Does Shrek like spicy food?

By: Joakim I. Andersen

“So much to do, so much to see, so what’s wrong with taking the back streets?” There is a little Shrek in all of us, right? Sharing some of his characteristics: obviously not being the most extrovert (even a little shy) – that, onions, needs to be opened layer by layer, and kind of comfortable in my daily routines – when was the right time to take action, step out of the comfort zone and challenge myself? Rhetorical questions rarely need an answer – it’s too obvious!

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I wasn’t even planning to go to India – so the lyrics actually applies even more to my story of ending up here. My “original plan” was to try something in Europe or the US, without much luck I have to admit. I was on the brink of just giving up applying through Opportunities Portal (a website where you can find all AIESEC opportunities worldwide. But I’ve learned through experience to grab my opportunities with both hands; you never know when it’s too late, and it is an attitude I’ve tried to adopt on a daily basis. So when I was finally invited for an interview I basically just said ‘Yes”, without thinking more about what I said yes to – actually without knowing I had applied for an opportunity in India, believe it or not! And when the recruiter offered me the position, I again, a little surprised (and amazed), spontaneously pronounced the two vowels followed by the consonant. Perhaps unable to declining anything or without thinking properly through my answers in general, I am now more than halfway through my 6 months internship, working as a business development executive in a software company, in a small city (by local standards).

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I still wonder why I got the business development position, as my master degree in business administration is more specialized towards strategy and organizational leadership than to marketing. At least it’s related to business I guess… Maybe the company was a little desperate for people with Nordic language capabilities, and thinking “he’ll just have to catch up with the marketing part later”? That will remain pure speculation from my side. At least I’m gaining international experience, and I’m getting my skills and knowledge challenged regularly.

So what about a cultural exchange? I honestly believe I’ve seen more cows these three past months than all my soon 26 years accumulated – and maybe animals in general. Probably it’s not a cultural concern; I just had to get it out of my system. Anyway, there are certain differences from the culture I am used to, and there are pros and cons: for example, I have not gotten (and probably will not get) used to the traffic down here. For me, it’s a true chaos. A lack of discipline maybe, or simply not respecting traffic rules? I don’t know, not important, just different. And also that personal spheres are foreign words here. At the other side, if you get a strong enough bond to an Indian, he/she is extremely helpful. In general, Indians are very including and hospitable people, which is something I really appreciate; something we can learn from back home maybe? Also, I have even purchased a “kurta” (a regional piece of clothing)and participated in some festival activities. At least I look a little more Indian that way. Looking different is a strange experience nonetheless; it takes time getting used to people staring (even though I’m not green) and, especially at tourist spots, that people want to take selfies with you, just as another attraction. But I guess it’s a little funny too. What’s not that funny, to be honest, is the food and hence one’s digestion. Why does it have to be that spicy? And everyone single one of the other interns have experienced the same.But you get toughened by it I guess. I just hope that, when I go back, I’ll still be able to taste some food – that my tongue isn’t killed, and that going back to my regular diet will not be affected by me literally being a vegetarian for half a year.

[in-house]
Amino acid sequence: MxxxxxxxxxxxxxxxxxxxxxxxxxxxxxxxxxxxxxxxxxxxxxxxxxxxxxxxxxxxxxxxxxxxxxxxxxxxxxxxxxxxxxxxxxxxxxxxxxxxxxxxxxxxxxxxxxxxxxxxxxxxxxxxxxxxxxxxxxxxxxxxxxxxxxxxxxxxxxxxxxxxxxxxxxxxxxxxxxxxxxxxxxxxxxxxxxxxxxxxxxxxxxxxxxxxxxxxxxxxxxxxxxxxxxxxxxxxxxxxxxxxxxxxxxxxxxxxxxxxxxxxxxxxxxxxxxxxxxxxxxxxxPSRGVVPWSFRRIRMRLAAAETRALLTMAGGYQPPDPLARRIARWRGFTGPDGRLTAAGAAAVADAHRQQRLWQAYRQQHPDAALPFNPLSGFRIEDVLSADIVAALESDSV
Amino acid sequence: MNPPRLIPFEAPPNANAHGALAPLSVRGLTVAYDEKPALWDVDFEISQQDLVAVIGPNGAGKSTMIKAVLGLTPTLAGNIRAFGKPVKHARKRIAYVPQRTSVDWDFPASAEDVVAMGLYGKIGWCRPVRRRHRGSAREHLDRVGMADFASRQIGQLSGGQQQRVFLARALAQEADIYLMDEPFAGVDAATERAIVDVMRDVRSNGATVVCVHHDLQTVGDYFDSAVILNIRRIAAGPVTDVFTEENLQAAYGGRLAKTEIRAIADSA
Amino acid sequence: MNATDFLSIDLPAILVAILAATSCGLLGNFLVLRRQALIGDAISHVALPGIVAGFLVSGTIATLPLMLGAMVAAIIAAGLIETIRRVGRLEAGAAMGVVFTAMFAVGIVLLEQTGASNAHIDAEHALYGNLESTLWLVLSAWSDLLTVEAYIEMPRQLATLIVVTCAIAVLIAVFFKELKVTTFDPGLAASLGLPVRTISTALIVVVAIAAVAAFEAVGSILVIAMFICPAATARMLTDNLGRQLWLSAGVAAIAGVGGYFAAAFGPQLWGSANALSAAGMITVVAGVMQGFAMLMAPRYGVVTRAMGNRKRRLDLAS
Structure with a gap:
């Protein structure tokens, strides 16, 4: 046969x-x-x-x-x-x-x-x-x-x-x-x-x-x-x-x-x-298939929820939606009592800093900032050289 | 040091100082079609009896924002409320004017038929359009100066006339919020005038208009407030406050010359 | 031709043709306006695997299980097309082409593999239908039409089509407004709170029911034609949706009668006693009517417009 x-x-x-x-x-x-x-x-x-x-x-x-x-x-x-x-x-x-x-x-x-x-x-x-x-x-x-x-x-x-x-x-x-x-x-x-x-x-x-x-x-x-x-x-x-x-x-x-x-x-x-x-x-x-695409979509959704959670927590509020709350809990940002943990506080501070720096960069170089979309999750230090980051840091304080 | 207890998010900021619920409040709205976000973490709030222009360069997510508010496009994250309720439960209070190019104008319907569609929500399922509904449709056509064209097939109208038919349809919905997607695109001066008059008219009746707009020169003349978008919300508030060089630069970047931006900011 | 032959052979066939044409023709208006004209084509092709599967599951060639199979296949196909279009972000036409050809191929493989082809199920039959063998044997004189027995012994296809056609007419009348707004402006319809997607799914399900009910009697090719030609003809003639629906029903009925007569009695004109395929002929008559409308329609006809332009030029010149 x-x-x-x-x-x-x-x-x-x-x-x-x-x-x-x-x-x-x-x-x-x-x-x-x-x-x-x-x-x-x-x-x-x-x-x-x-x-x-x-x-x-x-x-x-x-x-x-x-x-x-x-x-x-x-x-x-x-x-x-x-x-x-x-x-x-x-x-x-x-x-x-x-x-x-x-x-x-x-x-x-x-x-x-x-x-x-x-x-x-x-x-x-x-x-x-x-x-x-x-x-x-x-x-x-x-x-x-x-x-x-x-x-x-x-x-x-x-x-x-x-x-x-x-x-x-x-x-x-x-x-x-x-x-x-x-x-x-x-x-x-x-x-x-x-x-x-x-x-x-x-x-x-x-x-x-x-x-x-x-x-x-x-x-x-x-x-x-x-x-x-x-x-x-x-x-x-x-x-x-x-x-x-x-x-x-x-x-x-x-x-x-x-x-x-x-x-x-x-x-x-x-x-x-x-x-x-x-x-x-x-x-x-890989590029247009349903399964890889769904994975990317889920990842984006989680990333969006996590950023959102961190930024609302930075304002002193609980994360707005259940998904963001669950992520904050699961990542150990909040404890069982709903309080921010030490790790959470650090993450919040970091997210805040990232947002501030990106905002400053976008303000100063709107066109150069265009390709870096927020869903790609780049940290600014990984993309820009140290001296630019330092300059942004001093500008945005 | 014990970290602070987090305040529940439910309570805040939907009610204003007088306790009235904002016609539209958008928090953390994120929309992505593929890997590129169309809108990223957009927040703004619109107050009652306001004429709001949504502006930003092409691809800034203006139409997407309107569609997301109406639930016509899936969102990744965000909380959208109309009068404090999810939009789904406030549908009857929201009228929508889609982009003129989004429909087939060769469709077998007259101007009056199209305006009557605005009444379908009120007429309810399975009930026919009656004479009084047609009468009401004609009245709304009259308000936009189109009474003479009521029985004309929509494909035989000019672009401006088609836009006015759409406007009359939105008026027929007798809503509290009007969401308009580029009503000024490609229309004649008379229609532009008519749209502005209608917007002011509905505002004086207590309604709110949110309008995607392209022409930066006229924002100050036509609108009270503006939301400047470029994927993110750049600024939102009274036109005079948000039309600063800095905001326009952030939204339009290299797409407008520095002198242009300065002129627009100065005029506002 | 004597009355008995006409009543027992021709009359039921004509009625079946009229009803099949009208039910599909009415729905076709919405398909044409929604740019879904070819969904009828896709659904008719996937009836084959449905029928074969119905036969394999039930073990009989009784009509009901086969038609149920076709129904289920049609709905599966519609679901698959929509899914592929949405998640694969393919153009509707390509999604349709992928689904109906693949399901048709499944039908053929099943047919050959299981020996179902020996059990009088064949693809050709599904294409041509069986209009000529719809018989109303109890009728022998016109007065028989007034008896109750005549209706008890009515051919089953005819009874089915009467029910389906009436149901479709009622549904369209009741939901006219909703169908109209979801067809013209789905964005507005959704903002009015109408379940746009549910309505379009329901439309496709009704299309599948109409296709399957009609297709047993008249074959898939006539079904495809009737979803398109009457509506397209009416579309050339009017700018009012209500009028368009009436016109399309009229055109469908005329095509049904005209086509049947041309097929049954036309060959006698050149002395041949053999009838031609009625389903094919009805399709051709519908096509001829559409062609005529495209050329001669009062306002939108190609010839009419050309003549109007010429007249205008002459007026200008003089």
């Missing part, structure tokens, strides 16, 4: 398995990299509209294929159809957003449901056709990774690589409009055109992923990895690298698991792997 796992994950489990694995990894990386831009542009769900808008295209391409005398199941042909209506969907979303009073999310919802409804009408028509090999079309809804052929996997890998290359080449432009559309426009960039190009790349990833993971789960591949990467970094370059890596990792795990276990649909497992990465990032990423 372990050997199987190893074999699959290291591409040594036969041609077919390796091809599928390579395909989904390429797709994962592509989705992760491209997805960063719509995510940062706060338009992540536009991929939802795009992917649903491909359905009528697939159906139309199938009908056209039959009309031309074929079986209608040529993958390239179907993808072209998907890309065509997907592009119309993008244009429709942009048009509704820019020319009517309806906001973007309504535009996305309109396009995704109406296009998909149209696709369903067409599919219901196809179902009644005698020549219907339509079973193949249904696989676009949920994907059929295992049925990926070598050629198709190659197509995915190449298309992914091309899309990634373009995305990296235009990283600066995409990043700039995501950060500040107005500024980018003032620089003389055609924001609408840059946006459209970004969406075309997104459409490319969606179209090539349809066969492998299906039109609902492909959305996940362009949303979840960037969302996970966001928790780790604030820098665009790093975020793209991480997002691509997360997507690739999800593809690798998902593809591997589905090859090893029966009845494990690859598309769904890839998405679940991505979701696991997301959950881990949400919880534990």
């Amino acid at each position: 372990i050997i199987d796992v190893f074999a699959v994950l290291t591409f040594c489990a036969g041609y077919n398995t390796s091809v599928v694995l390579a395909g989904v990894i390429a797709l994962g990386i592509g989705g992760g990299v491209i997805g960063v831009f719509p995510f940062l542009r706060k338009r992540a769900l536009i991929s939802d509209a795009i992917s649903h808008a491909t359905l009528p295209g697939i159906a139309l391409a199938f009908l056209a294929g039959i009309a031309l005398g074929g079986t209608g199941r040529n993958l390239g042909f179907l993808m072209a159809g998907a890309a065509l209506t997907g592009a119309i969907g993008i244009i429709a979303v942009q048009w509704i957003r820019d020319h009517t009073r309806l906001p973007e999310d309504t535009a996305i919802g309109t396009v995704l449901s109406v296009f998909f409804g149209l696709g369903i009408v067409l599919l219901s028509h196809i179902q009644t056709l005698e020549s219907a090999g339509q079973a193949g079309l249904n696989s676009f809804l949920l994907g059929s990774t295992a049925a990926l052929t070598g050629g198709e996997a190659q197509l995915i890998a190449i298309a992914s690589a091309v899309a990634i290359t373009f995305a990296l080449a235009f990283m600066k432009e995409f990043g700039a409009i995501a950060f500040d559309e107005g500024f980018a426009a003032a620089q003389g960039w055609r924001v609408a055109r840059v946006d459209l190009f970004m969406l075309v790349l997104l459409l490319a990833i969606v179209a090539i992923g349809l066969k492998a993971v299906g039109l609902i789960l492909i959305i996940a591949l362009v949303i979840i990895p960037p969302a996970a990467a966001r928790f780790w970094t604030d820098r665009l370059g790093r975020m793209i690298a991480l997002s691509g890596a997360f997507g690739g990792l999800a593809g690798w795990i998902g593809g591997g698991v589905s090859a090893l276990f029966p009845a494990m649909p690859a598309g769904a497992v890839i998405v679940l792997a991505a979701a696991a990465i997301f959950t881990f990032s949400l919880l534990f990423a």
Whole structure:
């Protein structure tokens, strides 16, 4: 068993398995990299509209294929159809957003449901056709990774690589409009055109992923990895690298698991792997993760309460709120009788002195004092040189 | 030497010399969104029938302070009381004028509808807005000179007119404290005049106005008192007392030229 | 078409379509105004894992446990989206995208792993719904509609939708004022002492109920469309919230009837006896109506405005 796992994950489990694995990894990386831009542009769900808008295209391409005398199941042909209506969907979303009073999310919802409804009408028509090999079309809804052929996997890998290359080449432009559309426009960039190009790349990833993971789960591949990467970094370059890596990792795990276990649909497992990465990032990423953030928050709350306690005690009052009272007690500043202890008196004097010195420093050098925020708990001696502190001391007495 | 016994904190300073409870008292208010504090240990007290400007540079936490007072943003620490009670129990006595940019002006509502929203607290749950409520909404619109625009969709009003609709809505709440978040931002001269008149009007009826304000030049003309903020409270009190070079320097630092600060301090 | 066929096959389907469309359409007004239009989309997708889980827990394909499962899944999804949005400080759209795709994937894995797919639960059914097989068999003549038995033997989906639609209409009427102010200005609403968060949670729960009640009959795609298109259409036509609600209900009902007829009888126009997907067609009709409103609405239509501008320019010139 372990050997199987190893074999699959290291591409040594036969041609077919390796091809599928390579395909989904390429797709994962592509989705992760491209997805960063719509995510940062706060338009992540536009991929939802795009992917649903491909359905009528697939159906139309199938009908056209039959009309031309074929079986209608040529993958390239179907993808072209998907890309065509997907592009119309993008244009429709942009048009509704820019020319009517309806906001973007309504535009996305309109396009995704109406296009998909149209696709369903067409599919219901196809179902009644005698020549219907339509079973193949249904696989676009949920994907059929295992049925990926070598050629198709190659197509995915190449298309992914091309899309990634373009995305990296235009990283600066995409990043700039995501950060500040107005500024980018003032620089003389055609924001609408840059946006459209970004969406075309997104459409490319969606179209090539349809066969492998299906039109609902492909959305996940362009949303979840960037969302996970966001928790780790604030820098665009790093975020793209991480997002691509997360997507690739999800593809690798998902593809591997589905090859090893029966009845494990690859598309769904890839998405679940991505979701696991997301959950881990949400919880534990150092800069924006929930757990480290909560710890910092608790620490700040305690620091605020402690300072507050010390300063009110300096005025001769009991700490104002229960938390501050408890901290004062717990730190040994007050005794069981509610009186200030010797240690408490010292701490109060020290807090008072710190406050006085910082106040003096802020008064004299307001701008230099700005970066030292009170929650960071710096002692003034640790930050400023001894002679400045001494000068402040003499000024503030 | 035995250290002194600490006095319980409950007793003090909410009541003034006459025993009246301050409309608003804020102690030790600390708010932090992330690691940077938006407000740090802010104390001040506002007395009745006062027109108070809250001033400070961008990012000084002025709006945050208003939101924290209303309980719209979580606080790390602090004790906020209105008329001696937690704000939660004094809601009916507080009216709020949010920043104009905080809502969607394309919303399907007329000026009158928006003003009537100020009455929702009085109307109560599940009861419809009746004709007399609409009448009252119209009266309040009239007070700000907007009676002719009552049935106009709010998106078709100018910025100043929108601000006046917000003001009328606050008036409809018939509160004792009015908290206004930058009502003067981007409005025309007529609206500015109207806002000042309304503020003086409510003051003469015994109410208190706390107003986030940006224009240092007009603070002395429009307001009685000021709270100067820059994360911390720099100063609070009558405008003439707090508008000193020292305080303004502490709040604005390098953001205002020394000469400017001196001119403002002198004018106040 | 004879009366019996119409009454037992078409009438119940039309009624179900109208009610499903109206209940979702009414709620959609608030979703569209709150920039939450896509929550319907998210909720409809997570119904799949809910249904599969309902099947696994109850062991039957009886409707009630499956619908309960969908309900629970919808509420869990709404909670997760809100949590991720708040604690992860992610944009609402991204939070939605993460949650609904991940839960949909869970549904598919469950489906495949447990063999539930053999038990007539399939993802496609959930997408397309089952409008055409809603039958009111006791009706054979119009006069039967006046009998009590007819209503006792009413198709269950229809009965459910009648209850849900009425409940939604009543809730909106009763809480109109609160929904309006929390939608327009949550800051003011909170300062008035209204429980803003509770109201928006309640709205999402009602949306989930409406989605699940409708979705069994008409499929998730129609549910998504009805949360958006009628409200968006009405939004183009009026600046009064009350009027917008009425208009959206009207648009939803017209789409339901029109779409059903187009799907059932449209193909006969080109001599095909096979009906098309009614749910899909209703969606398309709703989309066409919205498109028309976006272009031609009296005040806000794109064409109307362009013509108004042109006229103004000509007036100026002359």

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A little bit back to AIESEC (the reason why I am writing this) and my professional experience: what still made me confident I didn’t do anything I really didn’t want to, was my past AIESEC experiences – this is, in fact, my third one: My first experience was a volunteer project in Uganda (the summer of 2015), followed by one year as a team member in the local chapter of AIESEC at my University, and now this professional internship. And AIESEC gives youth opportunities to grow and learn, without a performance-based approach, as it can take the time to evolve and some tries to get things right. In fact, I learn things all the time. So, even though not all the things I am doing in this internship feels that relevant for my future career, there are so many unmeasurable, intangible (soft) skills, values, and knowledge that I’ll take with me wherever I end up in addition to, more importantly, new good friends.  I may be a few scorched taste buds poorer, but I am a lot of experiences richer. And all of this on the expense of stepping out of my comfort zone. Is it worth it? Right – this Shrek doesn’t answer rhetorical questions.